Kenneth Kirschner

Twenty Ten

12k1066

REVIEW: VITAL WEEKLY (NL)

If I'm not mistaken, this is the first triple set on 12K, and its by Kenneth Kirschner, which is hardly a surprise. Kirschner plays long pieces and need time. So three discs and 'just' four pieces. I had him down as a piano player and computer musician, but in fact he plays all sorts of instruments, such as say metallophones and xylophones in the first piece 'January 4, 2011', which is quite a chaotic piece, at least for some one like Kirschner, who I also noted down as 'quiet' man. But in this piece he bangs away, and the great thing is that it is hard to tell what exactly the level of processing is, or in fact if there is any processing at all. It doesn't like it, and that might be the best compliment one can give (the press text says there is no processing of any computer kind - well alright). It reminded me of some very old tapes I have from the Kubus label and a tape by De Sekte, both ancient Dutch musical projects. The second piece on disc one is however much more like what we know from Kirschner: piano, strings and celeste play a very soft piece of music, the essential microsound like recording. A true beauty.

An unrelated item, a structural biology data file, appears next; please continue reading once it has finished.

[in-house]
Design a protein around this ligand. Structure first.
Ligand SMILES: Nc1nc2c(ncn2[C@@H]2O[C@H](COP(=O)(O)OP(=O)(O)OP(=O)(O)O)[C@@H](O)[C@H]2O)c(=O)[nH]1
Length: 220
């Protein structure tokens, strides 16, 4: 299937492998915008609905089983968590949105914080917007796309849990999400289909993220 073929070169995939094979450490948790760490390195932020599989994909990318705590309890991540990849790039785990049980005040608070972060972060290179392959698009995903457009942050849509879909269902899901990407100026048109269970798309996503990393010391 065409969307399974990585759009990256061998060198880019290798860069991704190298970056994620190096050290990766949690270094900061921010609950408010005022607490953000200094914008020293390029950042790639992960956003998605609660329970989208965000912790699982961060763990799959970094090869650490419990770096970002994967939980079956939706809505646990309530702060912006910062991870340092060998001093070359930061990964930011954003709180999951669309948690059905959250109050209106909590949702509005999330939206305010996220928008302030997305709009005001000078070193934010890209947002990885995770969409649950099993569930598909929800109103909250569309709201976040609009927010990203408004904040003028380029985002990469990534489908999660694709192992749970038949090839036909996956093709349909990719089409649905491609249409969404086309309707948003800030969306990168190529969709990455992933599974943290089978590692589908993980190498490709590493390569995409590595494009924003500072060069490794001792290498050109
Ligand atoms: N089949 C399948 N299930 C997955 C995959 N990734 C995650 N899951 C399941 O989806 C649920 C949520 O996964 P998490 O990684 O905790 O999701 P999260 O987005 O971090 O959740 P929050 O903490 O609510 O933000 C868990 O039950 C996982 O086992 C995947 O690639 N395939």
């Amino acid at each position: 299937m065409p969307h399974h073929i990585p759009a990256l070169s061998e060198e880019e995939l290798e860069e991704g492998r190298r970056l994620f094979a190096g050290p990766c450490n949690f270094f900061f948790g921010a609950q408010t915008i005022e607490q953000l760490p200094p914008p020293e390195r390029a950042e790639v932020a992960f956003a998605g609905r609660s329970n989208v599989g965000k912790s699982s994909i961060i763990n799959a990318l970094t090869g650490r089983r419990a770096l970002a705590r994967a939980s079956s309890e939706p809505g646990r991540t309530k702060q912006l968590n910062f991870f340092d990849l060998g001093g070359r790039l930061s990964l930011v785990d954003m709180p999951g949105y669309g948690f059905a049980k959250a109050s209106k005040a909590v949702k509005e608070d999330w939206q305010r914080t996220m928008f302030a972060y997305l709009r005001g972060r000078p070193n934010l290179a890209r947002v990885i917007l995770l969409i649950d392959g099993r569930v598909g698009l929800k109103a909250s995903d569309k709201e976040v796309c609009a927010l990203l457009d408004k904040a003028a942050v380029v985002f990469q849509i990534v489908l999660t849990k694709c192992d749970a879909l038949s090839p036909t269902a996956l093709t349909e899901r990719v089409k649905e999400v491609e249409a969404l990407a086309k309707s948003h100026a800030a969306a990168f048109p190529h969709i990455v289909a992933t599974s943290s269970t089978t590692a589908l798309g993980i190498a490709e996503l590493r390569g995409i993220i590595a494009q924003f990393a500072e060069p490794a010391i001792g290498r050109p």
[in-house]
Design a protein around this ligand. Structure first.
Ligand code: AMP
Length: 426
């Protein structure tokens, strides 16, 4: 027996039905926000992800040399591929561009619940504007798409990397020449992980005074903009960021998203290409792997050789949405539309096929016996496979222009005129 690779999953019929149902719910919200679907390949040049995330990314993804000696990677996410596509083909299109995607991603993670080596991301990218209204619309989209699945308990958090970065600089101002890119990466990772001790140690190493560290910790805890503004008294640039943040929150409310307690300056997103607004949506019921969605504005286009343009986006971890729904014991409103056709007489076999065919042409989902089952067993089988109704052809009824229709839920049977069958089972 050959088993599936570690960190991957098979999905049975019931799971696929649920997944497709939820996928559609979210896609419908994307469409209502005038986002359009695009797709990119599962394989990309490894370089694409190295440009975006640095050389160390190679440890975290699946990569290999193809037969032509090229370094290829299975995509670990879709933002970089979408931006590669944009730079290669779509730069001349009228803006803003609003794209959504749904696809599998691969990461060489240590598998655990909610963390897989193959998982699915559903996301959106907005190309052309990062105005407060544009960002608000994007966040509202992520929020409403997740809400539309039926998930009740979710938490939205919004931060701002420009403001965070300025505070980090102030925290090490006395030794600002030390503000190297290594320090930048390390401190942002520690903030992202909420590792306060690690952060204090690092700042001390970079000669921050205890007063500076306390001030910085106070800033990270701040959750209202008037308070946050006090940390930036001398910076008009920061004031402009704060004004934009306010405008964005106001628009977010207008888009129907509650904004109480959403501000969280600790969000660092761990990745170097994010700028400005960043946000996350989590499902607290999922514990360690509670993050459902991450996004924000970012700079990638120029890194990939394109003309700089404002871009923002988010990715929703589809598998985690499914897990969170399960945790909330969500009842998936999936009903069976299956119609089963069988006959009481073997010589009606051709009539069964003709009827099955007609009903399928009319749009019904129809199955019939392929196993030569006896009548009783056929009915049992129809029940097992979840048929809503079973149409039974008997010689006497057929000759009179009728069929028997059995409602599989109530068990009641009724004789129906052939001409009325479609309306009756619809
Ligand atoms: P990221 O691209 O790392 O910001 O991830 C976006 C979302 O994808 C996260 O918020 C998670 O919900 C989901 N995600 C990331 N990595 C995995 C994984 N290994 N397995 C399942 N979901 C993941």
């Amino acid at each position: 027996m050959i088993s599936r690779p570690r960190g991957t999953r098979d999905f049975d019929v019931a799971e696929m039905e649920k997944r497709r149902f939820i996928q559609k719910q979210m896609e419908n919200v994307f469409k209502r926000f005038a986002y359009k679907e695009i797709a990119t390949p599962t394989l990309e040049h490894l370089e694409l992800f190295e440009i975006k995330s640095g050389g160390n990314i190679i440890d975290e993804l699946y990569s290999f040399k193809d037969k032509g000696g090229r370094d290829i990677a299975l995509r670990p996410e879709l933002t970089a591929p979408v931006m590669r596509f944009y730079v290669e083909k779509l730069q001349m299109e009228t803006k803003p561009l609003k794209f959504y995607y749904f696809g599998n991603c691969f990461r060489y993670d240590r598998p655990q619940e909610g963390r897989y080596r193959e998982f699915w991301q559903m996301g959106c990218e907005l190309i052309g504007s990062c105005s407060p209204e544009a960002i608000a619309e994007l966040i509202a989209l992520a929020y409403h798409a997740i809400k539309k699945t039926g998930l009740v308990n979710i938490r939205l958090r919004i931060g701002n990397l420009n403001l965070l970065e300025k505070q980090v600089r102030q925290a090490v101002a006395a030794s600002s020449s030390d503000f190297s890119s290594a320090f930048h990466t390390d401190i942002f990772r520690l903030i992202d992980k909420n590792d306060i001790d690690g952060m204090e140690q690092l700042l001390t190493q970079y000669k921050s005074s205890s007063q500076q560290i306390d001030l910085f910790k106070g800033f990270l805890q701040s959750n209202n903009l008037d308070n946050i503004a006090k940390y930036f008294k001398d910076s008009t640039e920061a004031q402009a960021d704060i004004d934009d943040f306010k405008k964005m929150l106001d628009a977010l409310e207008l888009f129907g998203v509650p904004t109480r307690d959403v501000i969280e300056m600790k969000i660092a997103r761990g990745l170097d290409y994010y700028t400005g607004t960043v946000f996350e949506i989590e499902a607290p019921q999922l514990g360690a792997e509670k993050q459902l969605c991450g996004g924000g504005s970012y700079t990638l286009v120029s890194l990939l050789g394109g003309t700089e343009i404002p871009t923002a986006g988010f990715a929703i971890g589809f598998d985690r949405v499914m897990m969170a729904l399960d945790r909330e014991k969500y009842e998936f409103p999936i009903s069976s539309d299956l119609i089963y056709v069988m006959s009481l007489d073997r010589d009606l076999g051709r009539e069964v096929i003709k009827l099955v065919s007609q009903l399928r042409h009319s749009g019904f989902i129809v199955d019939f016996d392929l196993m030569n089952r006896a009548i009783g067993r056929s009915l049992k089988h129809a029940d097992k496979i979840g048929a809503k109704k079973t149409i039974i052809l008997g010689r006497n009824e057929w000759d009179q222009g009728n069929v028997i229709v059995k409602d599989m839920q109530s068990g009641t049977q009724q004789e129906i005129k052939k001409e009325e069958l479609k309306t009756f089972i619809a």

The second disc has one piece, in which we hear 142 different chords without repetition played on strings, woodwinds and horns. Another fine beauty of great sparseness. After each chord there is a bit of silence, making this highly contemplative music. The third disc has a piece for two piano's and is perhaps the kind of music we know best from him: music with sparse notes and a lot of hiss. Here no extra silence was added and it makes this a piece that has continuos sound throughout, sometimes abruptly moving somewhere else in a strange twist of fate. (FdW)
Kenneth Kirschner
Twenty Ten